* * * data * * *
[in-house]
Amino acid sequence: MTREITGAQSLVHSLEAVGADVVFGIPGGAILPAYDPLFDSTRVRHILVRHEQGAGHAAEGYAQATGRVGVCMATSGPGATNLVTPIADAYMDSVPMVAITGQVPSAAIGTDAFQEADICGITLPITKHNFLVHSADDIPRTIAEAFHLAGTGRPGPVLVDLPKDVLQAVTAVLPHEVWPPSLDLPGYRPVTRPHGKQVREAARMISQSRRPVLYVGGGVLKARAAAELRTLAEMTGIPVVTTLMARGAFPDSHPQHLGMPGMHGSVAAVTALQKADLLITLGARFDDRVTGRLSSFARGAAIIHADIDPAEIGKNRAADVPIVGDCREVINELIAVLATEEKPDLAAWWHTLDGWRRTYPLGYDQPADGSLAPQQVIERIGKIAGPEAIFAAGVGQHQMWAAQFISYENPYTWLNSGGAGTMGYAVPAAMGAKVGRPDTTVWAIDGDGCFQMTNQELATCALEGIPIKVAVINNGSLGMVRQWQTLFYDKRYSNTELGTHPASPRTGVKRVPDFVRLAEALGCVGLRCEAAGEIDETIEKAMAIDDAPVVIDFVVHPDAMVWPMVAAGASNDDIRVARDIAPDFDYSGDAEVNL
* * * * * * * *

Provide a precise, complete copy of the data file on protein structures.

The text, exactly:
[in-house]
Amino acid sequence: MTREITGAQSLVHSLEAVGADVVFGIPGGAILPAYDPLFDSTRVRHILVRHEQGAGHAAEGYAQATGRVGVCMATSGPGATNLVTPIADAYMDSVPMVAITGQVPSAAIGTDAFQEADICGITLPITKHNFLVHSADDIPRTIAEAFHLAGTGRPGPVLVDLPKDVLQAVTAVLPHEVWPPSLDLPGYRPVTRPHGKQVREAARMISQSRRPVLYVGGGVLKARAAAELRTLAEMTGIPVVTTLMARGAFPDSHPQHLGMPGMHGSVAAVTALQKADLLITLGARFDDRVTGRLSSFARGAAIIHADIDPAEIGKNRAADVPIVGDCREVINELIAVLATEEKPDLAAWWHTLDGWRRTYPLGYDQPADGSLAPQQVIERIGKIAGPEAIFAAGVGQHQMWAAQFISYENPYTWLNSGGAGTMGYAVPAAMGAKVGRPDTTVWAIDGDGCFQMTNQELATCALEGIPIKVAVINNGSLGMVRQWQTLFYDKRYSNTELGTHPASPRTGVKRVPDFVRLAEALGCVGLRCEAAGEIDETIEKAMAIDDAPVVIDFVVHPDAMVWPMVAAGASNDDIRVARDIAPDFDYSGDAEVNL